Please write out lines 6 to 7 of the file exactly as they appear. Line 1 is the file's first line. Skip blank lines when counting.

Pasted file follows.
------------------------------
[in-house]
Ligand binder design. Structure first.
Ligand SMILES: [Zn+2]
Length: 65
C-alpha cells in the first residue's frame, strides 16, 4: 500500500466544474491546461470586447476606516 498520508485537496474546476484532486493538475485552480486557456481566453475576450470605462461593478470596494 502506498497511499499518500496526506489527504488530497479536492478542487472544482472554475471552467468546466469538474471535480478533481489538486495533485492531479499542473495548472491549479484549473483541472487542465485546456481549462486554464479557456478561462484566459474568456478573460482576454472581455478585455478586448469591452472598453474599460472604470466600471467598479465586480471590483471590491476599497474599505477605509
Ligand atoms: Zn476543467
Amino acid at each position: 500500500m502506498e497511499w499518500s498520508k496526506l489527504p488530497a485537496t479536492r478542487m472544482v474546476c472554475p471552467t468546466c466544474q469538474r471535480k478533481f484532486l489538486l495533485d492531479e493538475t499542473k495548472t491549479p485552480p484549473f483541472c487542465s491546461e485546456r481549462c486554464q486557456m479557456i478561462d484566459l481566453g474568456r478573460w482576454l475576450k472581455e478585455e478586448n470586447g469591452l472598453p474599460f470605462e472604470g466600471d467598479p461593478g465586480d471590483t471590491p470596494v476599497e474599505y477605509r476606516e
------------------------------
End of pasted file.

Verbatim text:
Ligand atoms: Zn476543467
Amino acid at each position: 500500500m502506498e497511499w499518500s498520508k496526506l489527504p488530497a485537496t479536492r478542487m472544482v474546476c472554475p471552467t468546466c466544474q469538474r471535480k478533481f484532486l489538486l495533485d492531479e493538475t499542473k495548472t491549479p485552480p484549473f483541472c487542465s491546461e485546456r481549462c486554464q486557456m479557456i478561462d484566459l481566453g474568456r478573460w482576454l475576450k472581455e478585455e478586448n470586447g469591452l472598453p474599460f470605462e472604470g466600471d467598479p461593478g465586480d471590483t471590491p470596494v476599497e474599505y477605509r476606516e